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Old 01-11-2018, 04:42 PM   #11
flybouy
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Originally Posted by JRTJH View Post
I'm no plumber, so someone jump in here if I don't explain this correctly. "Satisfactory shower head performance" depends on two factors. First is pressure. Typically any pressure greater than about 35 or 40 PSI is suitable. The second, and just as important, maybe even more important is volume. If you don't have sufficient volume of water flowing through the pipes, it will just trickle out of the shower head no matter if the pressure is 40 or 80 PSI.

Now, most "non-adjustable" tube type (CHEAP) pressure regulators, the $5 plastic ones and the $10 brass ones, usually restrict water flow so much that the volume of water flowing into the trailer is less than 3 or 4 GPM. That sounds sufficient, but when flowing through a 25' half in hose, into the city water connector, through several valves, fittings, being split so half goes to the cold water side and the other half goes to the hot water side and is further restricted by the valves there, it doesn't take much volume reduction to make an otherwise suitable shower turn into a "dribbler".....

I'd suggest getting a good, high volume pressure regulator, one that flows 6 or 8 gallons per minute and adjust it to 40 PSI. You'll likely see a much improved shower experience with a quality shower head. Oh, and don't think that Keystone installs quality shower heads in most of their trailers. A trip to an RV store for an Oxygenics head will almost always bring a smile in the shower.

Think of it this way. Aupply 400 PSI of water pressure through a "pinhole" at the faucet, connect a 25' hose and all you'll get out the other end is a dribble. Now, increase that pinhole to a 1/2" hole and you'll get enough pressure at the other end of the hose to knock the decals off your trailer..... It takes both pressure AND volume to be "workable" for most open ended water functions such as a shower head.
X2 on the Oxygenic shower head and good regulator. I would add in my experience that using a 5/8" hose and a 10" filter improved the flow rate for me.
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Old 01-11-2018, 04:45 PM   #12
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Been using one like this going on a year... with great results! I set it to 55#.
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Old 01-12-2018, 04:55 AM   #13
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Well most newer RVs are using the pex water lines so they should be capable of using the same pressures as your bricks and sticks home. Not sure why they say to limit the pressure to 40 something except that may cover all RVs being some still out there have the older style water lines. Even the faucets are residential quality in the newer RVs.
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Old 01-12-2018, 08:21 AM   #14
JRTJH
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Well most newer RVs are using the pex water lines so they should be capable of using the same pressures as your bricks and sticks home. Not sure why they say to limit the pressure to 40 something except that may cover all RVs being some still out there have the older style water lines. Even the faucets are residential quality in the newer RVs.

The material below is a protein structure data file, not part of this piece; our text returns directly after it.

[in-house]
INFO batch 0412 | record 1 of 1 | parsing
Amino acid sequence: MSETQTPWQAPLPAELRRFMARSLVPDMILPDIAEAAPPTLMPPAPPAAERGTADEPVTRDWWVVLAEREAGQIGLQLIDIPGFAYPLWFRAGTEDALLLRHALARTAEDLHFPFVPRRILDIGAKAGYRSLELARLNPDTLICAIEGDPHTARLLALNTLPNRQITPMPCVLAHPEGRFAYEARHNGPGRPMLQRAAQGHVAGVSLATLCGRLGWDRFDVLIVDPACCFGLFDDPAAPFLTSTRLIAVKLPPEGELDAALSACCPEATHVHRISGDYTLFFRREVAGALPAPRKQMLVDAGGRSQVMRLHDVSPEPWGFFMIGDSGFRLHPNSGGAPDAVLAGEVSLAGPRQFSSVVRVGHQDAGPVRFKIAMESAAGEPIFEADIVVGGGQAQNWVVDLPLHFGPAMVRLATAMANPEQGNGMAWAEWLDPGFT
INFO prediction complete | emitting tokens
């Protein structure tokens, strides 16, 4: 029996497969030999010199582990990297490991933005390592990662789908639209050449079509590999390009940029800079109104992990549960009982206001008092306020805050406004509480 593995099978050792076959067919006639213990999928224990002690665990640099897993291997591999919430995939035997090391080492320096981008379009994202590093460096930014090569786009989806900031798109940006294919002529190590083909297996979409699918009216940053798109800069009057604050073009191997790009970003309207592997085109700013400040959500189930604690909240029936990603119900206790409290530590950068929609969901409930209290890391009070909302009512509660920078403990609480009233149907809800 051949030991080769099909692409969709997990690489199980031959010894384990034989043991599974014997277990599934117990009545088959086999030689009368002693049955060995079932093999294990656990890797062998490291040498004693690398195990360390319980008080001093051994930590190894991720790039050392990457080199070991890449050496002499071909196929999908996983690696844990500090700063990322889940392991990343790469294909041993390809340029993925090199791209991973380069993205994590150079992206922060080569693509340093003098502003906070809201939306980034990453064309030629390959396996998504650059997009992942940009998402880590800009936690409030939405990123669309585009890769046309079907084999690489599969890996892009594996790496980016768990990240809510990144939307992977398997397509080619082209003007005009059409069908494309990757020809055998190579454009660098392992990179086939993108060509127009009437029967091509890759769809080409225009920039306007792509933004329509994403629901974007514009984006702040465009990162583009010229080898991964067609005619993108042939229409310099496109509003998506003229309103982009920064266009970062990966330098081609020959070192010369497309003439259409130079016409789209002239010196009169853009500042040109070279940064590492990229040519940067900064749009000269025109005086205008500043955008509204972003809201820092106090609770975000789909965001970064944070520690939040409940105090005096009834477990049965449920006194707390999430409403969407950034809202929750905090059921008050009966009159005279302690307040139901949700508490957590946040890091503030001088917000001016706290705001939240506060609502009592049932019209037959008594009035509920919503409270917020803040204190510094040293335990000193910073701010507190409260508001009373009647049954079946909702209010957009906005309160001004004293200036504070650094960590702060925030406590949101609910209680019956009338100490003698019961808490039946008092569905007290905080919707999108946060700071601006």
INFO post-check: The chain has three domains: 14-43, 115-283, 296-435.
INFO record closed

PEX lines with PEX fittings (used in residential construction) are rated well above 40 PSI. PEX lines with ABS (schedule 20) fittings (used in RV applications) is not rated as high as "better quality fittings" would be. When you add the "lesser quality fittings" and put the plumbing in an environment that "shakes, vibrates and rattles" down the highway, it's not going to stand up to the same "reliability standards" as residential construction that never moves once it's "water tested" not to leak. There's a significant difference in the environment where the PEX is used.

I can't speak to "current model" trailers, but I can say that my 2011 Springdale and my 2014 Cougar XLite were both fitted with Phoenix faucets. They are NOT residential quality, they are plastic faucets with "residential valves". Sure they "look like residential stuff" but that's the end of it. Any time you can go on Amazon and buy a complete Phoenix faucet for $18.99 with free shipping, you can't consider it "equal to" a $189 Delta faucet from Home Depot.

Those two factors, Cheap fittings that get shaken around in transit and cheap faucets that look good but ain't, are the main reason why RV water pressure recommendations don't parallel home construction PEX plumbing pressure recommendations.
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Old 01-12-2018, 03:09 PM   #15
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Been using one like this going on a year... with great results! I set it to 55#.
This is the same regulator we use. I have it set at 45psi. The pressure and flow are about the same as we get from the on board water pump when we use it.
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